Bangs, fringe, breakage — whatever you call it, it'll fit in some butterfly clips.
Obviously, we’re over Rachel Dolezal (girl, bye), but after writing about her antics, I had an epiphany: finally, after years and years of struggling with my hair identity as a biracial woman, I DO NOT CARE WHAT PEOPLE THINK OF MY HAIR.
I should mention it has nothing to do with the woman that became an internet sensation in the worst way possible by appropriating black culture, but it has everything to do with the overwhelming number of people just like me who have reached out since I wrote that story. Now, at 35 years old, I embrace who I am and what I look like, every day. I think people are beautiful whether their skin is light or dark and regardless of what their hair looks like. I believe in embracing others' differences—they're what make us special.
In case you didn’t read the aforementioned story, I’ll give you a little background on me. I grew up with a black mother, a white father, and two brothers who have darker skin than I do, in a small town in upstate New York. My hair is naturally dirty-blonde and curly, though you’d never know it with all the chemical processing I’ve done over the years.
My natural curls were springy and not coarse; maybe a bit prone to frizz, but manageable with the right products. They were a dream come true, unbeknownst to me at the time, and now I’m actually trying desperately to coax my hair back to curly. My mother and middle brother wear their naturally curly hair in short styles, while my youngest brother has dreadlocks that he’s been working on for so many years that they are pretty much all the way down his very tall back.
Before I tell you more about my personal hair journey, I’d like to drop some knowledge on the uninformed. Do you have a sneaking suspicion that you sound racist when talking to your black friends about hair? Then you probably do. Speaking from the perspective of someone who grew up in a black household, I would strongly recommend wiping the following words from your vocabulary:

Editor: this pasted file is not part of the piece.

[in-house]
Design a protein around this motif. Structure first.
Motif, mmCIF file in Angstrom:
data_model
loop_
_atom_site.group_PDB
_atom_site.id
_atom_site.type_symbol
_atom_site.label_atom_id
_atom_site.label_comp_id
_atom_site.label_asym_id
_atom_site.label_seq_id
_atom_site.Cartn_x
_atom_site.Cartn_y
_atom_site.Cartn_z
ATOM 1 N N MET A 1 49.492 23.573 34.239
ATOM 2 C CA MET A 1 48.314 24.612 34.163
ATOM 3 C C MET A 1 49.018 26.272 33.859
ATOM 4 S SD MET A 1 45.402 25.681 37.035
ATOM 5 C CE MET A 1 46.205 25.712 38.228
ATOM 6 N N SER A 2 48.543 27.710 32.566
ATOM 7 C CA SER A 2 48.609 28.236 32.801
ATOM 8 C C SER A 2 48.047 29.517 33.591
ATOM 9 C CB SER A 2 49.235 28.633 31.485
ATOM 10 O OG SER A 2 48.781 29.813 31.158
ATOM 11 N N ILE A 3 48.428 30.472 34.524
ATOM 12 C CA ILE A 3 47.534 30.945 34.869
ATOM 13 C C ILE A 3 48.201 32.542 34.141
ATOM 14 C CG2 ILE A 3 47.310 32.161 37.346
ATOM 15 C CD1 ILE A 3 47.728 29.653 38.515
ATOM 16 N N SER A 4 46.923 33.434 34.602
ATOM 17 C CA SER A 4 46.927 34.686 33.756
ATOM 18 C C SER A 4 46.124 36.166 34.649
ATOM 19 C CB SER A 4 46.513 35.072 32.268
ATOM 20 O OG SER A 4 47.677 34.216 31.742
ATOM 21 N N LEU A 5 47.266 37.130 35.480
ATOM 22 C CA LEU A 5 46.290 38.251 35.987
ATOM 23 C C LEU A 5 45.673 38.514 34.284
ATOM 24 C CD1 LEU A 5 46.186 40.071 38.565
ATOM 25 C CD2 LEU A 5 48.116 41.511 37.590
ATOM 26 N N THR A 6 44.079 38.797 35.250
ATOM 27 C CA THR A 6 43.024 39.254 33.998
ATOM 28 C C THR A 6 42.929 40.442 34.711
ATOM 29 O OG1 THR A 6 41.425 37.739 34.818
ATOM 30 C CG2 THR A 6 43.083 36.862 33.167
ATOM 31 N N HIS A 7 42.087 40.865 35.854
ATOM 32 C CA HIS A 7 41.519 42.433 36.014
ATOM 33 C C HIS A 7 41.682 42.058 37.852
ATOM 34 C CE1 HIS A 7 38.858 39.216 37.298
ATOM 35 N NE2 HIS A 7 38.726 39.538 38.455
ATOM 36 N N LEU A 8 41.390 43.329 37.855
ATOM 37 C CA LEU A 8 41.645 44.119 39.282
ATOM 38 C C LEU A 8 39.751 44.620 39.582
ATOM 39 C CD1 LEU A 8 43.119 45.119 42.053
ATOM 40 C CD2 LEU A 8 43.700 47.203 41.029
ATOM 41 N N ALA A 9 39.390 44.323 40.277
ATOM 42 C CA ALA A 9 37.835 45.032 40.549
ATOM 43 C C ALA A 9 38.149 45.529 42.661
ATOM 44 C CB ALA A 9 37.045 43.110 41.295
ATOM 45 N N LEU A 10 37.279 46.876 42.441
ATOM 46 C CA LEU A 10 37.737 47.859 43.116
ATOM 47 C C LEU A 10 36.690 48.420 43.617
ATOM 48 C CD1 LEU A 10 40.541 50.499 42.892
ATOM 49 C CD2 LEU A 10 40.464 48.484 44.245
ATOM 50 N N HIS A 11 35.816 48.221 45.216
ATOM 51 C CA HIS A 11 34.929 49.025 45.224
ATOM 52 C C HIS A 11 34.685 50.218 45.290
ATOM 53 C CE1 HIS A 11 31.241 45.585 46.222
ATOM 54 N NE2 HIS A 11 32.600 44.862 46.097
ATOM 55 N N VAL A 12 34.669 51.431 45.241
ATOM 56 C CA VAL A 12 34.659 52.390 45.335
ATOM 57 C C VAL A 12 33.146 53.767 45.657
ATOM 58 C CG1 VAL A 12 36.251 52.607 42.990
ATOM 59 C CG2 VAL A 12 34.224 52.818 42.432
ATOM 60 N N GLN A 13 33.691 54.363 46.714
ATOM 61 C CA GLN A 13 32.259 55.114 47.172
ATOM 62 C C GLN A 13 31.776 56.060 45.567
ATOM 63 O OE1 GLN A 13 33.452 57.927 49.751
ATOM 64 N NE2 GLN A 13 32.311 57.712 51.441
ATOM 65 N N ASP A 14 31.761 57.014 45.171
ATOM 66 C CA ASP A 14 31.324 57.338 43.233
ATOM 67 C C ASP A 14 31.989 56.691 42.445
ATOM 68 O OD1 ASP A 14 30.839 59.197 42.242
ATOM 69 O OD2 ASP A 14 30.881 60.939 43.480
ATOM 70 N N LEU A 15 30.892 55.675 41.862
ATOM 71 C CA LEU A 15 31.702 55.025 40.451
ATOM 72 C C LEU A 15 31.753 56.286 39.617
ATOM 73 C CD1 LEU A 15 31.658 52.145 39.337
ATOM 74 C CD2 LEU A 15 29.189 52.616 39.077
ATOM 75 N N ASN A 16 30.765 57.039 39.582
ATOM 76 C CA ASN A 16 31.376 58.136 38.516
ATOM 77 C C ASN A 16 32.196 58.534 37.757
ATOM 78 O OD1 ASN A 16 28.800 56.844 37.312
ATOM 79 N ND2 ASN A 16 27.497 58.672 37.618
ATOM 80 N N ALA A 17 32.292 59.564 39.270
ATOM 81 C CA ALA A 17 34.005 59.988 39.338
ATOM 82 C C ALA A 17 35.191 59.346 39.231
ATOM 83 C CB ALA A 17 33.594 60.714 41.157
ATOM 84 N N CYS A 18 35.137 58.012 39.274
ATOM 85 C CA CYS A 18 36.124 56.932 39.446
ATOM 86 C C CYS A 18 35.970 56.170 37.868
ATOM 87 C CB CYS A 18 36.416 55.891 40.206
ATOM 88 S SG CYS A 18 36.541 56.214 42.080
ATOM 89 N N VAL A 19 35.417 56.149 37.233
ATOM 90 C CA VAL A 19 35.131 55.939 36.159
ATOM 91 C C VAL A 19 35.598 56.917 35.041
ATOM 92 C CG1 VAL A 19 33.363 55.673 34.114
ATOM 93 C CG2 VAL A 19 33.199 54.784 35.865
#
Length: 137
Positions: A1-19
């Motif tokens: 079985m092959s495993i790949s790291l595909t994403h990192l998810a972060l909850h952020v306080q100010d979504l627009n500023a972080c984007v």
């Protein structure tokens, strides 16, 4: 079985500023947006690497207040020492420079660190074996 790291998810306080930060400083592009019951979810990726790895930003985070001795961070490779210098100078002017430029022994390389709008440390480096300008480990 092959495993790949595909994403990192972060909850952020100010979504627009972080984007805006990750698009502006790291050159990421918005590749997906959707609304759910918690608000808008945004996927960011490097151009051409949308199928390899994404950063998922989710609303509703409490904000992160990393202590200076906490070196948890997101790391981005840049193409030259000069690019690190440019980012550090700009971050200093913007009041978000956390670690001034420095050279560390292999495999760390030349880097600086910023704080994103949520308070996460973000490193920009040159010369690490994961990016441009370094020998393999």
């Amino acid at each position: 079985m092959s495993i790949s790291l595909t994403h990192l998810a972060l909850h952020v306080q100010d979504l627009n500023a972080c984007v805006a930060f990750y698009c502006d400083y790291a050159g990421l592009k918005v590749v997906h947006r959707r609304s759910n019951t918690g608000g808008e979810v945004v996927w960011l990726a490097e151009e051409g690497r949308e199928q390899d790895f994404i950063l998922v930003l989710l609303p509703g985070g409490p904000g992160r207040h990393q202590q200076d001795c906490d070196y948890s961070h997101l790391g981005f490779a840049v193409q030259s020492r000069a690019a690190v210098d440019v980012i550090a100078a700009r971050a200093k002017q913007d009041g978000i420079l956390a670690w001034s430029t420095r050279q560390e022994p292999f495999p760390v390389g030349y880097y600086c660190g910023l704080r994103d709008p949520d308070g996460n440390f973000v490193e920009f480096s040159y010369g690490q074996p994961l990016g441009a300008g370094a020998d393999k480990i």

- Fro, in all its forms ('fro, Jew-fro, and afro [unless you are referring to an actual afro])
- Bad hair (yes, “I’m having a bad hair day” is still OK. But don’t tell someone they “got that bad hair,” because it’s flat-out rude)
- Frizzy (see above for you’re-still-being-rude)
- Brillo (this was one I got when I was little and I LOATHE it)
I could go on. I’m not trying to be the PC Police, but there’s a long history of struggle and oppression linked to those words, and you are hurting peoples’ feelings whether you realize it or not. Don't be willfully ignorant.
Anyway, back to my journey and the journey of so many of you textural beauties out there.
People of many cultures will be able to relate to this: I have spent my whole life trying to have someone else’s hair. (Now I have it via too many chemicals, and, quite frankly, it sucks.) But this is not just a case of wanting what you can’t have. I want a million dollars, too, but I’m an adult and I know that I’m not going to get it. For women of color in our country, many of us have been trying for years to have "good hair" in order to fit in. That’s what we saw our whole lives on magazine covers and on television.
For many, it is a matter of not feeling accepted in the job market if you have "black hair." For far too many, it is actually a matter of fearing for your safety against hate crimes. My hair identity issues all stemmed from not looking like the girls on the magazine covers when I was little, because of my curly hair and freckles. Some kids in my classes would call me Brillo and Rag Mop in regards to my hair (there was even a song called "Rag Mop" that they would sing to me).
This was long before companies like Dove were encouraging little girls to embrace their curls, and many moons before my first keratin treatment, my first straight-hair weave, and my first experimentations with hot tools. Chris Rock’s documentary Good Hair didn’t come out until I was 30 years old.
I had a long struggle of not feeling like I fit in because of what my hair looked like. But the alarming part about it is not my insecurities. The scary part is that so many people, even in 2015, are made to feel this way.
My story is all too familiar to many people, so I implore you to embrace your authentic self—and to support others who are being their authentic selves—whatever that means to you.
To me, right at this moment, that means I have red hair with peach and pink tones in it, and bangs. To you, like my brother, it might mean beautiful and meaningful dreadlocks. It might mean rocking your natural hair. It could mean purple, it could mean curly, it could mean straight. Whatever it is now, you absolutely have the right to change your mind. What people don’t have the right to do is to make you feel like less of a person because of how you look.
I don’t fit in to a neat little box that you can check off as "two or more races." That box didn’t even exist when I was growing up, so I won’t be boxed in by my hair, or freckles, or ass, or cheekbones, or anything else.